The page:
The U.S. Treasury Department is poised to enact expanded reporting measures on luxury home sales, putting an end to anonymous purchases that have enabled oligarchs, terrorists and others.
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The U.S. Treasury Department is poised to announce later this month expanded reporting measures on luxury home sales, ending the anonymous luxury home purchases that have enabled individuals like oligarchs, terrorists and other criminals to shelter financial gains in real estate, Reuters reported Thursday.
The rule will require real estate professionals like title insurers to report identities of the owners of companies purchasing real estate in cash to the Treasury’s Financial Crimes Enforcement Network (FinCEN). That means no more nameless, faceless LLCs buying up penthouses.
According to FinCEN’s regulatory agenda, the agency is scheduled to propose a new rule later this month, but that timeline could be delayed, individuals briefed on the developments told Reuters.
For decades, criminals have stowed away ill-gotten gains through real estate investments, Treasury Secretary Janet Yellen said in March, noting that as much as $2.3 billion was laundered through U.S. real estate between 2015 and 2020.
“That’s why FinCEN is taking this important step to put something officially on the books that would root out money laundering through the sector once and for all,” Erica Hanichak, government affairs director of advocacy group the FACT Coalition, said at the time.
FinCEN officials first said they had plans to implement the rule in 2021 — and some advocates of it say they’ve moved too slowly to enact it.
The proposed rule will also reportedly be open to feedback from both the public and individuals within the real estate industry.
Currently, FinCEN has real estate purchase disclosure rules in effect in a few select cities, including New York, Miami and Los Angeles. These disclosure rules are called “geographic targeting orders” or GTOs, which require financial institutions to report on transactions above a specified amount, depending on the location.
The new rule is expected to expand GTOs nationwide, but it’s unclear how much, if at all, it will change the GTOs currently existing in select areas.
FinCEN first created GTOs in 2016 after New York Times reporting found that nearly half of all luxury real estate was purchased by anonymous shell companies. Reporting rules are currently easy to skirt, however, for individuals who purchase real estate outside of the designated geographic areas.
Although the burden of reporting is largely placed on title insurers and not real estate agents or brokers (at least for now), the National Association of Realtors has also published in recent years voluntary guidelines for Realtors who wish to help curb money laundering and terrorism financing.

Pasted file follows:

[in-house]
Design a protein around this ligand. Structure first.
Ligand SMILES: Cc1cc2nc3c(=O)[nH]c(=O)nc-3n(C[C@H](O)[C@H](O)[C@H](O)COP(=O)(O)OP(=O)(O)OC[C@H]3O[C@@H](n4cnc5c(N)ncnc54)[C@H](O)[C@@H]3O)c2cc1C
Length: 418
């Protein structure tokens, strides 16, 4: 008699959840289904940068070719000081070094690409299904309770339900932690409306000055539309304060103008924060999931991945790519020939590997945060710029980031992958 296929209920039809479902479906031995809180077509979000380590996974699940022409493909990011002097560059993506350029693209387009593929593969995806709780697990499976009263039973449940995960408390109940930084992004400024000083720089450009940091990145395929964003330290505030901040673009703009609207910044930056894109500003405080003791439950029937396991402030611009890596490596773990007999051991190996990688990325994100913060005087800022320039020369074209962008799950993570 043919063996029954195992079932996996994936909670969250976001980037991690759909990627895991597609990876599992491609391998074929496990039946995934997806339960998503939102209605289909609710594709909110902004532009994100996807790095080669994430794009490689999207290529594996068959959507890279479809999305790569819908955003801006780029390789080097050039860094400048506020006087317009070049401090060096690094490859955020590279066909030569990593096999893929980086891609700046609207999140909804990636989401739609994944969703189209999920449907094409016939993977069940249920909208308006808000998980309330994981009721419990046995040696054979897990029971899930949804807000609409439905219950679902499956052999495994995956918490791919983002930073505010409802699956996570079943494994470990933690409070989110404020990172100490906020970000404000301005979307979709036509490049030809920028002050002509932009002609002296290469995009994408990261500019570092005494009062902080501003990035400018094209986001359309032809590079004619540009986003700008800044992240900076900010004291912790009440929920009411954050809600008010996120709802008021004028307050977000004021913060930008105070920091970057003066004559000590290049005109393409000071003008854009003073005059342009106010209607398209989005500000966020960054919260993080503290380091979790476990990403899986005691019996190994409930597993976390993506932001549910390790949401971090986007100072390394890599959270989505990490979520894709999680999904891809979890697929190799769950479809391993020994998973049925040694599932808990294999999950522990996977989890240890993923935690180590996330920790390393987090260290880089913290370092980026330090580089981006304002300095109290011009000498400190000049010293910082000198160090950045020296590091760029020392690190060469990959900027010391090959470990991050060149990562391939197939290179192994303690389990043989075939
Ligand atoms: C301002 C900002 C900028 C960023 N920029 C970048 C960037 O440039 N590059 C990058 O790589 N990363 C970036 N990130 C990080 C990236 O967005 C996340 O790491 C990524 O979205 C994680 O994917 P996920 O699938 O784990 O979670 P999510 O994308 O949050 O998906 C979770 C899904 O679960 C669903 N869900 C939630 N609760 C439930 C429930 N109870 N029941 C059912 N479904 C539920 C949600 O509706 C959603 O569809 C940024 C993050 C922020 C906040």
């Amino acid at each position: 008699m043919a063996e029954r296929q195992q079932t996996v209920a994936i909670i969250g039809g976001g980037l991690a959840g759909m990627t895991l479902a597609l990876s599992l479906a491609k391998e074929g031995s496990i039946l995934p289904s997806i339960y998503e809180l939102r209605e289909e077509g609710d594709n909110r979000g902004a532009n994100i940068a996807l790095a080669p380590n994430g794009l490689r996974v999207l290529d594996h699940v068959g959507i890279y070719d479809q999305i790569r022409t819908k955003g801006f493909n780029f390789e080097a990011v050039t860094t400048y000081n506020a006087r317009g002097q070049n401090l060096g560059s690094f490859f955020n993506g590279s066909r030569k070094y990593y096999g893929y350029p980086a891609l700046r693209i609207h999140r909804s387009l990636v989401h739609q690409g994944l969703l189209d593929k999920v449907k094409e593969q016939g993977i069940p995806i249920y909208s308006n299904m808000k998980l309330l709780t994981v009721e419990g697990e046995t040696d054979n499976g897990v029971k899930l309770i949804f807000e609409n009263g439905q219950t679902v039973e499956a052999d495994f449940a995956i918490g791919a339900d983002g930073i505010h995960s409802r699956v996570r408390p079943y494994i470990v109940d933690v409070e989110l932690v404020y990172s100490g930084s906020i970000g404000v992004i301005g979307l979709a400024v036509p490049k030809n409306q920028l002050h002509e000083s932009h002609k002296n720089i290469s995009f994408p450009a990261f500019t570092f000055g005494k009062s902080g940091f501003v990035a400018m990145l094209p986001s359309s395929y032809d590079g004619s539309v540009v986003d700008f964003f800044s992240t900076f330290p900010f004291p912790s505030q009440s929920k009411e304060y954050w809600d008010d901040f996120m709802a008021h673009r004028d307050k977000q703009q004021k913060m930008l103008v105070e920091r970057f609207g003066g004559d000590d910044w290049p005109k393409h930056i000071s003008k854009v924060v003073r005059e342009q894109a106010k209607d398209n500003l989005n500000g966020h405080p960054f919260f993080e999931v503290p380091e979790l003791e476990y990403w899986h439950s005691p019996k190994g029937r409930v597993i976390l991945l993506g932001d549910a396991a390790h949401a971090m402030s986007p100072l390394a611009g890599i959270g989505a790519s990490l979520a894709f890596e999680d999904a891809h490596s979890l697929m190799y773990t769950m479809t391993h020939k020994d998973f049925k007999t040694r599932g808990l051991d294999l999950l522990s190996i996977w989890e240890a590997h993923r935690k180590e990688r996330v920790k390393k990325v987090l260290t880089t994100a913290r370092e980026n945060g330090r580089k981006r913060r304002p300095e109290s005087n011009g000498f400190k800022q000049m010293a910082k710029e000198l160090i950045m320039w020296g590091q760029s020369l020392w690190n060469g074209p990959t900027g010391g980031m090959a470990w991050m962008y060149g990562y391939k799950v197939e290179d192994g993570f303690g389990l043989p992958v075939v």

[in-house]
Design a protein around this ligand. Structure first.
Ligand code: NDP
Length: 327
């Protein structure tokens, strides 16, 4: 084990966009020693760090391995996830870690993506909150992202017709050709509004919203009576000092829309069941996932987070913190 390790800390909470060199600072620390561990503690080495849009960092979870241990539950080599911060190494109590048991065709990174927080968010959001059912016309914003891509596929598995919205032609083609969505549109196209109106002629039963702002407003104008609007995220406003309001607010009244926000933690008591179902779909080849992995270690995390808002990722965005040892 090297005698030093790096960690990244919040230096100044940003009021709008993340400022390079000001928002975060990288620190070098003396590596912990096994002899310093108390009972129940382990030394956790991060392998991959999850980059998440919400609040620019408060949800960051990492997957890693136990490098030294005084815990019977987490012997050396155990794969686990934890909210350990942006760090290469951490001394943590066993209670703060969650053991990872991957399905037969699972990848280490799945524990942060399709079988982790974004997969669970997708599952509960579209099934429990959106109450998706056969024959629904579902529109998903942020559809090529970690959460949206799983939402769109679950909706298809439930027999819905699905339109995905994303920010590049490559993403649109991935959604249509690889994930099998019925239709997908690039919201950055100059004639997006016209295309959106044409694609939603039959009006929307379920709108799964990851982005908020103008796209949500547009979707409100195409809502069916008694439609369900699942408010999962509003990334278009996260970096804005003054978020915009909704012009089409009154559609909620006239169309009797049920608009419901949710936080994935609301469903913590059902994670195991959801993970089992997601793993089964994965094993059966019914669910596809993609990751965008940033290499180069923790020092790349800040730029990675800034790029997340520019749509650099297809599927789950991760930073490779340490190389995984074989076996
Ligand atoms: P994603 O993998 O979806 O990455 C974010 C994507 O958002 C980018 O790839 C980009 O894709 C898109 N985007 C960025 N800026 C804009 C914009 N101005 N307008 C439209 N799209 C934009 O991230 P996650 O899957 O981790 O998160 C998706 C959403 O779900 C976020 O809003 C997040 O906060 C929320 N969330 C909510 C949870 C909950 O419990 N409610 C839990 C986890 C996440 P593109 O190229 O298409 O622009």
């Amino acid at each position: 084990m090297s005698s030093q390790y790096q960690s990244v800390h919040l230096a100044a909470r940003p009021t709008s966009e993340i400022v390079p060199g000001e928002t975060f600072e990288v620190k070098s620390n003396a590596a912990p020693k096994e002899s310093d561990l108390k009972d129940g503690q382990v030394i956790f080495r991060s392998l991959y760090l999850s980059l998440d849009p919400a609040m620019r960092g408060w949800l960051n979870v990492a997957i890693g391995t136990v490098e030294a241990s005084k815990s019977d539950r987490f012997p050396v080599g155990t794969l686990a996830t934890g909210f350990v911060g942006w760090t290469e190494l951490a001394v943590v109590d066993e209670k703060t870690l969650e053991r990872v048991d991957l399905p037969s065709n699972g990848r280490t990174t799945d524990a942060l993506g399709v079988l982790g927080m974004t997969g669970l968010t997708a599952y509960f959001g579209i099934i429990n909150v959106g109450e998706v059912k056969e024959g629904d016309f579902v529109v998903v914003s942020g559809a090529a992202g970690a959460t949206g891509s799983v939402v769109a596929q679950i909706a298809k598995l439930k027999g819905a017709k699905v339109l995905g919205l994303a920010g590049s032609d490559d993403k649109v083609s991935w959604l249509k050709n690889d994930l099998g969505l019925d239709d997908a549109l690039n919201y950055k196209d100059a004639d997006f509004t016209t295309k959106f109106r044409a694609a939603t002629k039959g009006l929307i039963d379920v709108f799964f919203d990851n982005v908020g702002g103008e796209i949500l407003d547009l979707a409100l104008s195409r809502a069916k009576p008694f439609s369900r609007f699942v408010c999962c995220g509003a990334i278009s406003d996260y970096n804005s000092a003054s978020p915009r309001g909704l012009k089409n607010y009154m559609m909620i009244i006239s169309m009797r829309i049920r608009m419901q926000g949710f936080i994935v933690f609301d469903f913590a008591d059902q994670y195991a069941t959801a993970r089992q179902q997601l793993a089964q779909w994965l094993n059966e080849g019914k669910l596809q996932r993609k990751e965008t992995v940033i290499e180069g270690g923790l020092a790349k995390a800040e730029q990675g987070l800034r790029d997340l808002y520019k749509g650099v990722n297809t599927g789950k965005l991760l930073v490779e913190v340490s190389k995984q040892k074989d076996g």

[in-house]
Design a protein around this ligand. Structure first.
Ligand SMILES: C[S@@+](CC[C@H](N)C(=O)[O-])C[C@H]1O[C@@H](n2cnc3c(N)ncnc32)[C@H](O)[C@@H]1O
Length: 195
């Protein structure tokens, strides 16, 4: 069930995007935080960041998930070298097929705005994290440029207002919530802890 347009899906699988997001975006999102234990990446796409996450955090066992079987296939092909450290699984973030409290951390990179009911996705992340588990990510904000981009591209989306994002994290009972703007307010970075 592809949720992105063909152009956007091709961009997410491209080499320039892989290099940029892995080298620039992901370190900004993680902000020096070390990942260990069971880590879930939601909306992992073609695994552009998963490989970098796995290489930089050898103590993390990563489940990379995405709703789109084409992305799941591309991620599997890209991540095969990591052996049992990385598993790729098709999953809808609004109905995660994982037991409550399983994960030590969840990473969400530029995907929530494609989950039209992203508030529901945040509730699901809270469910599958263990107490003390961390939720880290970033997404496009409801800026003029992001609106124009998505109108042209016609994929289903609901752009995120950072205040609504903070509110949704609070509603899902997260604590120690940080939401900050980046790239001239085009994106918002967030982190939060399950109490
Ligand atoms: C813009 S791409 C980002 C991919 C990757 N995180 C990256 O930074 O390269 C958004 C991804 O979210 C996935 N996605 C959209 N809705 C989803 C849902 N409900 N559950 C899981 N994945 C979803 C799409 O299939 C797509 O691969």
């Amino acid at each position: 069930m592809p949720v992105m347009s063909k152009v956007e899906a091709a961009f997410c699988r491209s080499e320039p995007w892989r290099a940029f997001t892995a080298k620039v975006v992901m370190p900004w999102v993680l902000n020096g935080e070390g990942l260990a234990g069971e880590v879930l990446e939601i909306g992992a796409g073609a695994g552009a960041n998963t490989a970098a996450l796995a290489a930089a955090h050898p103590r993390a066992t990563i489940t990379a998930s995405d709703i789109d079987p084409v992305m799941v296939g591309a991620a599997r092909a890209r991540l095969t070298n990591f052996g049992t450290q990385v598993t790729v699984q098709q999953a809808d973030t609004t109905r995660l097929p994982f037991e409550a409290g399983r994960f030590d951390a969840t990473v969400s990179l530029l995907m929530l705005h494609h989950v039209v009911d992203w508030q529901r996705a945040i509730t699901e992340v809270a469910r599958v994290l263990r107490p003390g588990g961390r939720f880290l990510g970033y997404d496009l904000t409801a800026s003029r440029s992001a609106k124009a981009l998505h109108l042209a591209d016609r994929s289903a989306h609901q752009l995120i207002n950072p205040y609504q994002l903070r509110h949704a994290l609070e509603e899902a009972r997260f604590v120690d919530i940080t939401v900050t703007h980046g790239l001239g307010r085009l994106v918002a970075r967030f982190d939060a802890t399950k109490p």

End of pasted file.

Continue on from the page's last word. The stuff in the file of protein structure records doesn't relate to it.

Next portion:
“Privacy is definitely paramount to our clientele,” Ivan Chorney of Compass in Miami told Inman. “We primarily work with high-net-worth and ultra-high-net-worth buyers and sellers, and thankfully [my clients] don’t have anything to hide — I don’t have any oligarchs or terrorists who have employed my services. But I have had CEOs of major brands and Fortune 500 companies and privacy is just as important to them.”
Despite potentially more stringent requirements that title insurers will face across the country with FinCEN’s anticipated new rule, Chorney said that, based on the somewhat limited information currently available about the new rule, not much should change for luxury agents and their clients.
“The savviest buyers and sellers have ways to keep their name out of the public,” Chorney said. As long as agents continue to behave with discretion and vet all parties they work with, he said he doesn’t see the new rule as posing a huge risk to his clients’ identities.
A few other agents Inman approached for this story declined to comment since the details on the new rule are still not clear.
FinCEN’s nationwide expansion of the GTOs is also closely related to a bill that was passed in 2020 by the Senate that would ban anonymous shell companies and require them to state their owners. However, that bill has been stalled in the Treasury Department following a request from a bipartisan group of lawmakers to refine the proposal.
The American Land Title Association, which represents title insurers, said that although it approves of FinCEN’s new rule, it should wait to enact the rule until the shell company rule has been finalized.
One of the most recent high-profile instances of money laundering through real estate was conducted by exiled Chinese businessman Guo Wengui, who used an anonymous shell company to channel a profit from a fraud scheme into his $26 million purchase of a New Jersey mansion in December 2021. Had the property been purchased just across state lines into New York, the fraud could have been flagged quickly by a GTO.
Even once the new rule is put into effect, however, FinCEN will face challenges in enforcing it just because of their lack of manpower, David Szakonyi, a political science professor at George Washington University, told Reuters.
“FinCEN needs more people and more computers to process the information,” he said.